I can't get this song out of my head. It's brilliant. It's so simplistic, but it's brilliant. There's something thoroughly endearing about how basic the words are, for those of you struggling with Nutini's accent:
Woke up cold one Tuesday,
I'm looking tired and feeling quite sick,
I felt like there was something missing in my day to day life,
So I quickly opened the wardrobe,
Pulled out some jeans and a T-Shirt that seemed clean,
Topped it off with a pair of old shoes,
That were ripped around the seams,
And I thought these shoes just don't suit me.
Hey, I put some new shoes on,
And suddenly everything is right,
I said, hey, I put some new shoes on and everybody's smiling,
It's so inviting.
Oh, short on money,
But long on time,
Slowly strolling in the sweet sunshine,
I'm running late,
And I don't need an excuse,
'Caus' I'm wearing my brand new shoes.
Honestly, it couldn't be any less groundbreaking a story could it? But that's what's so wonderful about it. It's taught me about the importance of little details ing changing days. Who hasn't had a crappy week, and then suddenly eaten a different cereal, or even had an odd experimental shampoo in the shower, and suddenly sprung into a good mood just from the sheer elegant difference of it? We like to be challenged by something new, and should do it every day if we can.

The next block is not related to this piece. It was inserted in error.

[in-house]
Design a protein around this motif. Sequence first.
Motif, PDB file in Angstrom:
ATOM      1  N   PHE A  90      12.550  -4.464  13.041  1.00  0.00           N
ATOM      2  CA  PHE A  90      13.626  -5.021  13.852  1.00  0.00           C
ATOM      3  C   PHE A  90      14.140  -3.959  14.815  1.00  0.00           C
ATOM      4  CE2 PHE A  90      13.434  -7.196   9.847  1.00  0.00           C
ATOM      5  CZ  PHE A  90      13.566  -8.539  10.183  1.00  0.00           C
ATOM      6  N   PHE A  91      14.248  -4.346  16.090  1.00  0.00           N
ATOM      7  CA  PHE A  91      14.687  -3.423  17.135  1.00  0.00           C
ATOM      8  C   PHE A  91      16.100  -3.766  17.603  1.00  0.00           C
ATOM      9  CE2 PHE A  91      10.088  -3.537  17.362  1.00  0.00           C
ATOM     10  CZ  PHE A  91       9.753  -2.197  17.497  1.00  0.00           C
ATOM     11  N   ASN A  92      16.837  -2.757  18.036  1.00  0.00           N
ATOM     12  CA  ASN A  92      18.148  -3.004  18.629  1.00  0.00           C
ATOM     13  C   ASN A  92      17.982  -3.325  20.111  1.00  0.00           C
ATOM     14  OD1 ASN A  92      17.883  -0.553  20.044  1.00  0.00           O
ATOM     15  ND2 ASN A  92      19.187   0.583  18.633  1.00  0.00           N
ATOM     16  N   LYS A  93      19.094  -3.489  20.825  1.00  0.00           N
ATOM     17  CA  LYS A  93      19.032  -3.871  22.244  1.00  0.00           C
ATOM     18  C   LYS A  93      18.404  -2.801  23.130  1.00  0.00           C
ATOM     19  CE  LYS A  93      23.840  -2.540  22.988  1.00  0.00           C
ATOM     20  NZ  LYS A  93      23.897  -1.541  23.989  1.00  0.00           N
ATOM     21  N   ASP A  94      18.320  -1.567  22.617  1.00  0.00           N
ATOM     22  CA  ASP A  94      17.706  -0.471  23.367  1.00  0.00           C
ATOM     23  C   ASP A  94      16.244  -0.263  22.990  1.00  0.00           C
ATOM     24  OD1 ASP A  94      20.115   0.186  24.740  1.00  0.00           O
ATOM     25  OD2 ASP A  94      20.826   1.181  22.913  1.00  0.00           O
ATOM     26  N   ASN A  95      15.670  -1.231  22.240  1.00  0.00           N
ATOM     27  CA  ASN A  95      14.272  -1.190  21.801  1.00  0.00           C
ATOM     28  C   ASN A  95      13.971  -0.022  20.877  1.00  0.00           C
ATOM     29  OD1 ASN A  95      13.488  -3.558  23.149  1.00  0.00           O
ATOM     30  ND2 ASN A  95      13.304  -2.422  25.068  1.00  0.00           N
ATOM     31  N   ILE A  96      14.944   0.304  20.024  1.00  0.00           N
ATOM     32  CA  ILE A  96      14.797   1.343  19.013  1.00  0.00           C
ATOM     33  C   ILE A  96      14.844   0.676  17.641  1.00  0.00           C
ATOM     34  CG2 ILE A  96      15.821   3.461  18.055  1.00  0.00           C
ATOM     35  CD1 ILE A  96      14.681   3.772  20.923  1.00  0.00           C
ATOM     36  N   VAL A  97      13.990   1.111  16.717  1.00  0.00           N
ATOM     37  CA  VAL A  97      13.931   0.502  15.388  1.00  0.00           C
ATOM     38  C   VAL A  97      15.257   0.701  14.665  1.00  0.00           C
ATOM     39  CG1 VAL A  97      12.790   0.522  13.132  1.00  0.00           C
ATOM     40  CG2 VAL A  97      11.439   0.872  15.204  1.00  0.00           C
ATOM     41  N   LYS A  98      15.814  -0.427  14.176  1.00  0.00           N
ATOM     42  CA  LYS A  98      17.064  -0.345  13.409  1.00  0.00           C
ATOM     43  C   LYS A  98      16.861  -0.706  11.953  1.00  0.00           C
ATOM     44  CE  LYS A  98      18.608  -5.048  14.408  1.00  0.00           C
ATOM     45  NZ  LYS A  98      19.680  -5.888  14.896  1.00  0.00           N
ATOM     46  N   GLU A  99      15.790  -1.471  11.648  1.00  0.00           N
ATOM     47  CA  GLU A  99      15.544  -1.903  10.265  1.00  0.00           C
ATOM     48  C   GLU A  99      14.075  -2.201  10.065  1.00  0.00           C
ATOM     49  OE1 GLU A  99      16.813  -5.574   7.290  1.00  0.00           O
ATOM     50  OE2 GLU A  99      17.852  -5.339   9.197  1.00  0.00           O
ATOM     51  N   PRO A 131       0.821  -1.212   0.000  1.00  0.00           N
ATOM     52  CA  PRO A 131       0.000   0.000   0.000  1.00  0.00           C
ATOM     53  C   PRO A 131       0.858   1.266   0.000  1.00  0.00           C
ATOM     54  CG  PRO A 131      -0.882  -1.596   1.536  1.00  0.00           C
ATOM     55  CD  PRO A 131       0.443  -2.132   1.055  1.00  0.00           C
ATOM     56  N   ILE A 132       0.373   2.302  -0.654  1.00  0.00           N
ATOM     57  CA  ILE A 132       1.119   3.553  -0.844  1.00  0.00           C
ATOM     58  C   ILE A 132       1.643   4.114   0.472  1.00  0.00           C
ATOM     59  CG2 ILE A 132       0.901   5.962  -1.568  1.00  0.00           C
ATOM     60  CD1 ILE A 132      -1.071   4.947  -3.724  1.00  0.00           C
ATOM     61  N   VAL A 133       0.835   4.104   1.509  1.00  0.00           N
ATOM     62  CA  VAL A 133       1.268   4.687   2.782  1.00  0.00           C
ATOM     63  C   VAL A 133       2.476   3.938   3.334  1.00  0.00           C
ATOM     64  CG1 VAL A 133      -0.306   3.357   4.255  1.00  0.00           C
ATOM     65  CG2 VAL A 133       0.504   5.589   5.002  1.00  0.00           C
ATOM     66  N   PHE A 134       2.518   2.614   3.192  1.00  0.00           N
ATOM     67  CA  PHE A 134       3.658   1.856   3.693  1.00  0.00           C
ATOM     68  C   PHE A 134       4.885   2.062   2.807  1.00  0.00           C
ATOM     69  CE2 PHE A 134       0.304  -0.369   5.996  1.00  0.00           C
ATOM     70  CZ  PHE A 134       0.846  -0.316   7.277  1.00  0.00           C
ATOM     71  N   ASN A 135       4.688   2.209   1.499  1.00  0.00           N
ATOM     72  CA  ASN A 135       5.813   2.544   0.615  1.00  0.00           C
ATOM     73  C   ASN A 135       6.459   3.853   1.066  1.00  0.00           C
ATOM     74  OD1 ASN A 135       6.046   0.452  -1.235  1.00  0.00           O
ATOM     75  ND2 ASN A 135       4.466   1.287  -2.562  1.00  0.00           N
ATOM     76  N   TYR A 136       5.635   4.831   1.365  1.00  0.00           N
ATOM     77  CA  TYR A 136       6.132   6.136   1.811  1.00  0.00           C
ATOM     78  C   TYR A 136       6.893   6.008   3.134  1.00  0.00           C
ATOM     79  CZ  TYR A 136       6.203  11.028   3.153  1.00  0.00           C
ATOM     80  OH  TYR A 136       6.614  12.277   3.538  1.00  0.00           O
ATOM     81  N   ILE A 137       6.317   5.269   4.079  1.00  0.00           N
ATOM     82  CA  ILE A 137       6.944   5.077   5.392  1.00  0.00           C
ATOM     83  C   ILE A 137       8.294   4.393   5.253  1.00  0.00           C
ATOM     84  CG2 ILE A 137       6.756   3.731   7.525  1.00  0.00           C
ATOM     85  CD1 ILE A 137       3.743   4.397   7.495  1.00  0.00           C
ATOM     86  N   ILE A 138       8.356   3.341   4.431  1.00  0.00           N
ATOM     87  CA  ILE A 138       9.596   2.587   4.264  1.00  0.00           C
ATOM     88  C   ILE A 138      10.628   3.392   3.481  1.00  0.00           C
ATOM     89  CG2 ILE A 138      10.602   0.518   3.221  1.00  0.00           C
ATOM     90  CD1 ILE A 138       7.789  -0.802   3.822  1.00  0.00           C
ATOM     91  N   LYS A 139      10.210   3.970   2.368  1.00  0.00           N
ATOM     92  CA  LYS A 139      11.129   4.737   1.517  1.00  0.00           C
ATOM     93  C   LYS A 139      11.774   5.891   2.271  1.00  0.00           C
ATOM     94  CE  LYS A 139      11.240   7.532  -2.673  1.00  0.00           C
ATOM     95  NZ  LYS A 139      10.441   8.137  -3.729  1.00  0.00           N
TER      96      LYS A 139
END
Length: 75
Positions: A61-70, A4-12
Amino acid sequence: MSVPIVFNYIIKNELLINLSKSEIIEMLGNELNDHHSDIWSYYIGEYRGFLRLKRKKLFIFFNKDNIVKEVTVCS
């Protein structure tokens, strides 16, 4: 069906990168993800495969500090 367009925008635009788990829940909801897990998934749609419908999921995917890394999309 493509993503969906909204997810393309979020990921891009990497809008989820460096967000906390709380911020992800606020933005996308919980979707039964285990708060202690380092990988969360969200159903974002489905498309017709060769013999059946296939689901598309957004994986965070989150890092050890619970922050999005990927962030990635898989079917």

And with that said, my blog has put some new shoes on, and has had its first facelift since its creation - which is now more than a year ago! Happy Birthday Quick Word! I hope you've enjoyed the first year of my ramblings, and will continue to enjoy them in year two of its infancy. Please let me know what you think of the new layout! Is it better than the old one?
In more sombre news I received my very first rejection letter (or email) the other day, for a short story I had written. The letter itself was lovely and genuine, and it seems the story got very close to publication and only missed out through sheer quantity of quality work submitted. I have been reminded to take heed the stories of Rudyard Kipling and Dr. Seuss, both of which had their work ravaged by rejecting publishers. I regret only that I didn't make it to what is undoubtedly a fine anthology of stories, but no matter, we try again.
Hello new shoes, bye bye blues.